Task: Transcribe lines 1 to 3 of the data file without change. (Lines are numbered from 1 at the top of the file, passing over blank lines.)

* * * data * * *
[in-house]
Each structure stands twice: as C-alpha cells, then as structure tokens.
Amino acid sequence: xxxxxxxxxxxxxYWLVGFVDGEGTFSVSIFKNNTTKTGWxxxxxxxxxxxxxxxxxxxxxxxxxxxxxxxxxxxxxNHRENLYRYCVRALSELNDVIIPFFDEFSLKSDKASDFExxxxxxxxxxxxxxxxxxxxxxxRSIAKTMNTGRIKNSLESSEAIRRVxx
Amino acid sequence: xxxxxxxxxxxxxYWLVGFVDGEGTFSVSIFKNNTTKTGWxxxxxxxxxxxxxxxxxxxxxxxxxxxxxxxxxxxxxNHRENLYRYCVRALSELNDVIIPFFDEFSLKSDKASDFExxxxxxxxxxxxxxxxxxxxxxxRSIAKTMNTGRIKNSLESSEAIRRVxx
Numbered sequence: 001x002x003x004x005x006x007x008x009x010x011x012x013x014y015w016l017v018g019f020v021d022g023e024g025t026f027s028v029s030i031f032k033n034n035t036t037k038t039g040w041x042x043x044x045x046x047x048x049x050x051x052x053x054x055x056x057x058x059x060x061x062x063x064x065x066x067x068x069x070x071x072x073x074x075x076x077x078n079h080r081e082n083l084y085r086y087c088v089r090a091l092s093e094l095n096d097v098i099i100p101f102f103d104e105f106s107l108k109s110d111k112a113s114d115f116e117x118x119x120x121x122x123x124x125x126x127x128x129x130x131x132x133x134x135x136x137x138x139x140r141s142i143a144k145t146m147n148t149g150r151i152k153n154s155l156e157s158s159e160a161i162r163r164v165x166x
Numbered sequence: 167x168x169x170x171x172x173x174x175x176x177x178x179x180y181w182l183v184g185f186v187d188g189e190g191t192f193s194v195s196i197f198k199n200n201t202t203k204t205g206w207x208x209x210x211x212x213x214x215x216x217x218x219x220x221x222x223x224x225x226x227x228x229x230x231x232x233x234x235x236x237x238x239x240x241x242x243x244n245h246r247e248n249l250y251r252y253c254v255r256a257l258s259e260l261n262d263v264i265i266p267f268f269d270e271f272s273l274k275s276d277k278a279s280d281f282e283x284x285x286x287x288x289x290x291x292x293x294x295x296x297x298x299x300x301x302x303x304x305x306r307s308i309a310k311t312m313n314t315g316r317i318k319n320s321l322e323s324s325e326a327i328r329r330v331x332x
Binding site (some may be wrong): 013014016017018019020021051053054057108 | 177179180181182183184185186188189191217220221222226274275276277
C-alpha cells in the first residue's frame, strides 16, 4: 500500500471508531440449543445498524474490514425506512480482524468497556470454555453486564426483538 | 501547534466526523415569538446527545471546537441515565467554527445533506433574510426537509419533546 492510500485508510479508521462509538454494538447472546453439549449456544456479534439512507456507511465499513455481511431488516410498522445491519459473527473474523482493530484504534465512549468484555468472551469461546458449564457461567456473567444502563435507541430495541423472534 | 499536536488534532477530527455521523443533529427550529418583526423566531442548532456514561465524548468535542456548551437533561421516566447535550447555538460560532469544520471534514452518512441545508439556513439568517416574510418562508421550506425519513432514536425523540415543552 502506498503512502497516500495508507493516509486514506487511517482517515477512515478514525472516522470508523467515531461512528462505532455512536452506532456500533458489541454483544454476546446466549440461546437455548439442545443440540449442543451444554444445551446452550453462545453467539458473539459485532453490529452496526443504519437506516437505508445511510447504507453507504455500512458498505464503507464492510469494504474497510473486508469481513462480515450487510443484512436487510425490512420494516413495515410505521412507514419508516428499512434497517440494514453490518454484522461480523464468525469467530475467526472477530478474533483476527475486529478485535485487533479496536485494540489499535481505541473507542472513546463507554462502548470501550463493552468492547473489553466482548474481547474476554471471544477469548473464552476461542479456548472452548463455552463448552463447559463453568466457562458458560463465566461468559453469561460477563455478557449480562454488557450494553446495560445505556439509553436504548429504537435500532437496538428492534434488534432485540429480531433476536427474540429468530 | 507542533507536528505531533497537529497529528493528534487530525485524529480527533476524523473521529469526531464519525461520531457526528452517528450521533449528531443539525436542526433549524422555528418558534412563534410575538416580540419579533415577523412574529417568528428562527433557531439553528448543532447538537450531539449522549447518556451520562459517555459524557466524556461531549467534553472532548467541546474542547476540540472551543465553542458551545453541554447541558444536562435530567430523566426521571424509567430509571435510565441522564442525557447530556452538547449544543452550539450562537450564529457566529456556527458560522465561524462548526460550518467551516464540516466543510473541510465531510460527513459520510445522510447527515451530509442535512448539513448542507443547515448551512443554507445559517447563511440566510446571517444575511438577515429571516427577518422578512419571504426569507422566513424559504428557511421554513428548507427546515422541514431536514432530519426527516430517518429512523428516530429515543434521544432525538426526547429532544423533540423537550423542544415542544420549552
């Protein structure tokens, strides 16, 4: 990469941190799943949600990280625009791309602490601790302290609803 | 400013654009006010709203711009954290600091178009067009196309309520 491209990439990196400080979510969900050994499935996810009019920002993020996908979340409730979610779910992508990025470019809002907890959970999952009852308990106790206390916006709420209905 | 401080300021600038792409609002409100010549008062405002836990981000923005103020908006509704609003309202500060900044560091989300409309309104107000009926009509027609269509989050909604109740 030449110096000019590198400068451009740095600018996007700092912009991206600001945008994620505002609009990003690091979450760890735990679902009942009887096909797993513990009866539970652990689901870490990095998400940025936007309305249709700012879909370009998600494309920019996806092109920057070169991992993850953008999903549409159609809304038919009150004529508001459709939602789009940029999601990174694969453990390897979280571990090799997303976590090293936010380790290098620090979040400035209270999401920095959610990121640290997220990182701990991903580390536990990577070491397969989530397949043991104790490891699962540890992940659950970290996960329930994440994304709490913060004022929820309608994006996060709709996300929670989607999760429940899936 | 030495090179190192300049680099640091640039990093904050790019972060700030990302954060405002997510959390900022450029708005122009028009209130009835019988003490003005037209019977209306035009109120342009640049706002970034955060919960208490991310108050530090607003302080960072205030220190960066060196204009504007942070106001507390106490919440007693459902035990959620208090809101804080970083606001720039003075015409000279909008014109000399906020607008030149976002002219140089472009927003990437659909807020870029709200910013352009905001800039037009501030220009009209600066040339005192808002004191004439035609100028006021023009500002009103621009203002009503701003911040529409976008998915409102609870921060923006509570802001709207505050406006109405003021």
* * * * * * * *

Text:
[in-house]
Each structure stands twice: as C-alpha cells, then as structure tokens.
Amino acid sequence: xxxxxxxxxxxxxYWLVGFVDGEGTFSVSIFKNNTTKTGWxxxxxxxxxxxxxxxxxxxxxxxxxxxxxxxxxxxxxNHRENLYRYCVRALSELNDVIIPFFDEFSLKSDKASDFExxxxxxxxxxxxxxxxxxxxxxxRSIAKTMNTGRIKNSLESSEAIRRVxx